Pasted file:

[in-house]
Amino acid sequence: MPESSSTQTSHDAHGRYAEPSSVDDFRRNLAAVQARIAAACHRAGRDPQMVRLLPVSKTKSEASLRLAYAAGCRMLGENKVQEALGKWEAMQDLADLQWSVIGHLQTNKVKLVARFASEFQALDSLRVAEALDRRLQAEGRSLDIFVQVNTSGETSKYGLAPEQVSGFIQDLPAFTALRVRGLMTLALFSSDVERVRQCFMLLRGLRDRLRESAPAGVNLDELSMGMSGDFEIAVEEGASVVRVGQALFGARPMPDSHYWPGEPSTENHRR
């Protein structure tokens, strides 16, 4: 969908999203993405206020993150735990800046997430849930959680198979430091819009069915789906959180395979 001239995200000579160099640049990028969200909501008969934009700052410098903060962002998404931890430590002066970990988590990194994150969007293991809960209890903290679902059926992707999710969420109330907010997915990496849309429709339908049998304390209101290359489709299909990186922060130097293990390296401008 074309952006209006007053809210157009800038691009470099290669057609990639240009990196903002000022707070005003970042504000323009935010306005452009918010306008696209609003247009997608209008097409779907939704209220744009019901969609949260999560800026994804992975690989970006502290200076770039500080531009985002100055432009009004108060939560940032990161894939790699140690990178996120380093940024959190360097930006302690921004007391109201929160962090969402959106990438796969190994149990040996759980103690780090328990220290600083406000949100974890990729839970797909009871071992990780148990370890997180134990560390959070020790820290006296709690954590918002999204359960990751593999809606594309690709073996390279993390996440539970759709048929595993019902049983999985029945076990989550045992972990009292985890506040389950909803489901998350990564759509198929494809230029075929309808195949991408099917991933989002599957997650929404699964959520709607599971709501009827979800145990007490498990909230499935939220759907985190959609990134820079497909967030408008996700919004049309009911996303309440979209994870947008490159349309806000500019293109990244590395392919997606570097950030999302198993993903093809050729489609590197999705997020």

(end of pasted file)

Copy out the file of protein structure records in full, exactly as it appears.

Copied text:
[in-house]
Amino acid sequence: MPESSSTQTSHDAHGRYAEPSSVDDFRRNLAAVQARIAAACHRAGRDPQMVRLLPVSKTKSEASLRLAYAAGCRMLGENKVQEALGKWEAMQDLADLQWSVIGHLQTNKVKLVARFASEFQALDSLRVAEALDRRLQAEGRSLDIFVQVNTSGETSKYGLAPEQVSGFIQDLPAFTALRVRGLMTLALFSSDVERVRQCFMLLRGLRDRLRESAPAGVNLDELSMGMSGDFEIAVEEGASVVRVGQALFGARPMPDSHYWPGEPSTENHRR
């Protein structure tokens, strides 16, 4: 969908999203993405206020993150735990800046997430849930959680198979430091819009069915789906959180395979 001239995200000579160099640049990028969200909501008969934009700052410098903060962002998404931890430590002066970990988590990194994150969007293991809960209890903290679902059926992707999710969420109330907010997915990496849309429709339908049998304390209101290359489709299909990186922060130097293990390296401008 074309952006209006007053809210157009800038691009470099290669057609990639240009990196903002000022707070005003970042504000323009935010306005452009918010306008696209609003247009997608209008097409779907939704209220744009019901969609949260999560800026994804992975690989970006502290200076770039500080531009985002100055432009009004108060939560940032990161894939790699140690990178996120380093940024959190360097930006302690921004007391109201929160962090969402959106990438796969190994149990040996759980103690780090328990220290600083406000949100974890990729839970797909009871071992990780148990370890997180134990560390959070020790820290006296709690954590918002999204359960990751593999809606594309690709073996390279993390996440539970759709048929595993019902049983999985029945076990989550045992972990009292985890506040389950909803489901998350990564759509198929494809230029075929309808195949991408099917991933989002599957997650929404699964959520709607599971709501009827979800145990007490498990909230499935939220759907985190959609990134820079497909967030408008996700919004049309009911996303309440979209994870947008490159349309806000500019293109990244590395392919997606570097950030999302198993993903093809050729489609590197999705997020």